[foofus-tools] All in one (pwdump6, fgdump, medusa).

jmk jmk at foofus.net
Mon Mar 23 11:01:39 PDT 2009

On Mon, 2009-03-23 at 12:11 -0500, Richard Miles wrote:
> It's my first e-mail to the list, I would like to thank you for the nice tools.

You're welcome. ;)

> Let's go to the point...
> A - I don't know why, but I have a Windows 2003 SP2 machine, and
> fgdump.exe running locally ALWAYS fail (with admin credential OR

I'll leave this one for Fizzgig...

> B - In this specific case, my output from pwdump6 do not have full
> hash, it's like this:
> user:18298:NO PASSWORD*********************:AE9B66EA07C92E0DAE170D937CC57C4D:::
> What type is the first half of hash missing? The question is, there is
> anyway to brute force it? Using rainbow tables?
> Or how to use it in tools like Pass The Hash Toolkit.

A pwdump entry contains a number of fields: username, RID, LM hash and
the NTLM hash. In this case, the LM hash is blank (i.e. NO
PASSWORD****..."). This may be due to the user's password being longer
than 14 characters in length or the GPO being set to avoid setting the
LM hash value. In either case, only the NTLM hash is of use to you.

If you have access to NTLM rainbow tables, you may be able to crack it.
If the LM hash is missing because the password is >14 characters,
Rainbow is probably out of the question. I'd just use Samba with my
patches (http://www.foofus.net/jmk/passhash.html), but the Pass-The-Hash
Toolkit should also be fine.

> C - I believe everybody should ask about it. Most AV today detect
> pwdump6 and fgdump and make it a bit harder for use. Do you suggest me
> some link to learn how to effectively avoid them?

I'll leave for Fizzgig again...

> D - The last, but not less important, Medusa. I have compiled it in a
> RHE4 (CentOS 4 like). The point is that even with the glibc headers
> kernel headers if failed, configure pointed that was missing a
> com_err.h, which really do not exist, so I looked at internet and just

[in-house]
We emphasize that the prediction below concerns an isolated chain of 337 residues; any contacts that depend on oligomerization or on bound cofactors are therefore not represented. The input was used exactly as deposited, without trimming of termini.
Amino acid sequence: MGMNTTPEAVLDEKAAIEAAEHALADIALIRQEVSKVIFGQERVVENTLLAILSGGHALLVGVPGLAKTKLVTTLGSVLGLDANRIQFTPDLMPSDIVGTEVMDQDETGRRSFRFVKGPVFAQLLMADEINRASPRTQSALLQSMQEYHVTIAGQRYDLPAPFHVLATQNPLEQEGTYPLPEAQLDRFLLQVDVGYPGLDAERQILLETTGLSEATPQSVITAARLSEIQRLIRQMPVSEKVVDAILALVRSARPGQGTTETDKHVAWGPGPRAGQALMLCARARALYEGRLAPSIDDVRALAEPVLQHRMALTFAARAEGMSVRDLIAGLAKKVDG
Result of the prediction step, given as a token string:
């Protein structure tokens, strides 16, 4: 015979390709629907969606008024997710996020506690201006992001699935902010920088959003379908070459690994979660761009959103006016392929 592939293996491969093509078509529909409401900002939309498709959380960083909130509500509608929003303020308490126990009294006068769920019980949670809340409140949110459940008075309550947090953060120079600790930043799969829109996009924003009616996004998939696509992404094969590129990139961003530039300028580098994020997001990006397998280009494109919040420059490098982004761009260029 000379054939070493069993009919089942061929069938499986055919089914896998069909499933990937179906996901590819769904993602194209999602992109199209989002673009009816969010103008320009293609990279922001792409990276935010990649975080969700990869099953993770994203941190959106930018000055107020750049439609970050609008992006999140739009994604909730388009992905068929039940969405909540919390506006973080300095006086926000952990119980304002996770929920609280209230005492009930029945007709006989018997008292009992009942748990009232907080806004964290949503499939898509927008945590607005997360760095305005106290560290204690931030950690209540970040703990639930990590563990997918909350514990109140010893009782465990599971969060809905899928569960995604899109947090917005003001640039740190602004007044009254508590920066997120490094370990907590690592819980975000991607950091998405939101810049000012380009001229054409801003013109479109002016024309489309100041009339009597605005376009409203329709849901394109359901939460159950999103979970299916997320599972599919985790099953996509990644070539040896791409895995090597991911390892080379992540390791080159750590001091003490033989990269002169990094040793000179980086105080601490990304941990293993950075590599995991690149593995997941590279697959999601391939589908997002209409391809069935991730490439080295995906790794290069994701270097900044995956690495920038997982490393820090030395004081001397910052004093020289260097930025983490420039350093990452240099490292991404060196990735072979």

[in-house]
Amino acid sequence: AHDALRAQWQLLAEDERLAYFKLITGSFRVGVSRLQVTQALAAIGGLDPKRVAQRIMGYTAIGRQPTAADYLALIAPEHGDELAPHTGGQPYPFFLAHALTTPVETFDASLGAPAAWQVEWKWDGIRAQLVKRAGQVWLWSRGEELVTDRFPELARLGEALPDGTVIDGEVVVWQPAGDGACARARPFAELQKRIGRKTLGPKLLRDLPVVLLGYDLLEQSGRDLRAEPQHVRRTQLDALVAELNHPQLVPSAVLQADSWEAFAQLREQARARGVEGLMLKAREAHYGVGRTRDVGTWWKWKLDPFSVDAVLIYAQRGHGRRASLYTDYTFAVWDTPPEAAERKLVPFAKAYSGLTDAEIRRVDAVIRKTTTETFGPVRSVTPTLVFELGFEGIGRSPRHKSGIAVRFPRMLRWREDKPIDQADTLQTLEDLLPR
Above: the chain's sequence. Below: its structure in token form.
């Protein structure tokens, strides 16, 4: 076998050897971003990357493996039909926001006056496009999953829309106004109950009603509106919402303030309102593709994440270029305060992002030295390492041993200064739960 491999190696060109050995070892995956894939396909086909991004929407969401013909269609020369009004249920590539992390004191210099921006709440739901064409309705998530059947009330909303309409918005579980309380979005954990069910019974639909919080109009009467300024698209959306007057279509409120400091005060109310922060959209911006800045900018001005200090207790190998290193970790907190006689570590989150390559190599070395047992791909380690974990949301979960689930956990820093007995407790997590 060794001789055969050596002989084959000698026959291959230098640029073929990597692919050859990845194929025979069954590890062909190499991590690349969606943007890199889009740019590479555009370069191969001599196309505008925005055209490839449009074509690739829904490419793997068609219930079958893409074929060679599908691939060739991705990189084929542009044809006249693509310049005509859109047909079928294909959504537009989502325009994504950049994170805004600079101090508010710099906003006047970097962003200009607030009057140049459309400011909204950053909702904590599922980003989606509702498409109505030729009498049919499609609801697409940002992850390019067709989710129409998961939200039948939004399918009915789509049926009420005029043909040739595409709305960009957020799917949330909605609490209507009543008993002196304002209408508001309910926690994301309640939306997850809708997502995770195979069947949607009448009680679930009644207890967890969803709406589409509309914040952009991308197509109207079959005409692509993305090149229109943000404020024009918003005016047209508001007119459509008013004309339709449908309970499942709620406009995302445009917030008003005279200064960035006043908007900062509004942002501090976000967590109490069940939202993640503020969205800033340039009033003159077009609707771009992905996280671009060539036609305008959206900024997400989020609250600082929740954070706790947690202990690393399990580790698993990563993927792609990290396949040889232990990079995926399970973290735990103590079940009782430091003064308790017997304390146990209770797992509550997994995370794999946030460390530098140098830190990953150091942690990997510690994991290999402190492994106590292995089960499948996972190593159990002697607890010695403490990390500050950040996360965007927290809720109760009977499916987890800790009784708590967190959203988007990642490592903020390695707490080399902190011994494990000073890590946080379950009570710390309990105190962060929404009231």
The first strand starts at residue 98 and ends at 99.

> grabbed a copy and it worked fine.

Is this Medusa version 1.5?

> What I'm noticing is that the Medusa work for some time (in average
> try from 450 until 1300 passwords) and it say that it couldn't connect
> anymore to the SQL Server.
> I tried use option "-t 1" but did not solved.
> A point is that the server continue up and running, if in the sequence
> of the error I telnet to it, I can connect successful.
> Don't know if it make difference, but I'm brute-forcing without
> password list, so I use a long userlist and just test if for null
> password and username as password.
> By what I understand, when Medusa get a connection failed like this,
> it should try more 3 times before fail and exit, right? But it do not
> happen, it exist at first connection exit.
> A interesting note, is that when it fail, it give a message that I
> should enable pthread_cancel.

If I'm understanding the situation correctly, this is actually a known
problem in the core of Medusa. If you performed a SMBNT single password
brute against a single host with 1200+ users, you'd likely see the same

Medusa (v1.5 and before) creates a new thread for each user being
tested. When you combine a large number of users with only a few
passwords with a relatively fast protocol like MS-SQL or SMB, the
system's ability to create/destroy threads appears to be unable to keep

The solution to this issue is to do away with the original design and
move to a proper thread pool within Medusa. This is actually done and
the problem no longer appears to exist. However, it'll probably be a few
months before I finish the other items I'm working and release the next
version. In the mean time, I'd recommend using a shorter user list (e.g.
<1200) or a longer password list.


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